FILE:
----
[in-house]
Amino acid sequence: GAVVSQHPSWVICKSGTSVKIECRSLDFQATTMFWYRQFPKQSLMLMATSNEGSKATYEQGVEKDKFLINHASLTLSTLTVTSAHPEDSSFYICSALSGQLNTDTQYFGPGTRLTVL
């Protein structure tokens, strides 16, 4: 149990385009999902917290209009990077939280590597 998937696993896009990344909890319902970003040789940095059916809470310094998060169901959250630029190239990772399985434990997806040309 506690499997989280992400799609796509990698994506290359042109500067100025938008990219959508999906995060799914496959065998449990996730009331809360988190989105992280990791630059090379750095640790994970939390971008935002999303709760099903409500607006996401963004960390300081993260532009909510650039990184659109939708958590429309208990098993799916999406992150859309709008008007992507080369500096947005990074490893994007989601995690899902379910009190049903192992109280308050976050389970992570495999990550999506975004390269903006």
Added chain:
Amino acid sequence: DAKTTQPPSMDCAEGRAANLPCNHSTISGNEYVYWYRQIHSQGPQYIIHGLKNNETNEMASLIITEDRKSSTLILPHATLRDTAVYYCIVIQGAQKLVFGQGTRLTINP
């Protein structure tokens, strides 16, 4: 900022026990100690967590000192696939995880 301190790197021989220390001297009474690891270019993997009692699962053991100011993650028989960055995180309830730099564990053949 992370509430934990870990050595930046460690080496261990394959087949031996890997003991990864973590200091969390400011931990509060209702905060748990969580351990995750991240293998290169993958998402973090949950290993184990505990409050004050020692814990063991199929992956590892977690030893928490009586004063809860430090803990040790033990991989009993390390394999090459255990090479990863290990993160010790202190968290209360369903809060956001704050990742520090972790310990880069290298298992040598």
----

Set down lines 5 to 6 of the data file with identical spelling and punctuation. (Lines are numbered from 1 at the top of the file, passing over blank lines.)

Amino acid sequence: DAKTTQPPSMDCAEGRAANLPCNHSTISGNEYVYWYRQIHSQGPQYIIHGLKNNETNEMASLIITEDRKSSTLILPHATLRDTAVYYCIVIQGAQKLVFGQGTRLTINP
């Protein structure tokens, strides 16, 4: 900022026990100690967590000192696939995880 301190790197021989220390001297009474690891270019993997009692699962053991100011993650028989960055995180309830730099564990053949 992370509430934990870990050595930046460690080496261990394959087949031996890997003991990864973590200091969390400011931990509060209702905060748990969580351990995750991240293998290169993958998402973090949950290993184990505990409050004050020692814990063991199929992956590892977690030893928490009586004063809860430090803990040790033990991989009993390390394999090459255990090479990863290990993160010790202190968290209360369903809060956001704050990742520090972790310990880069290298298992040598």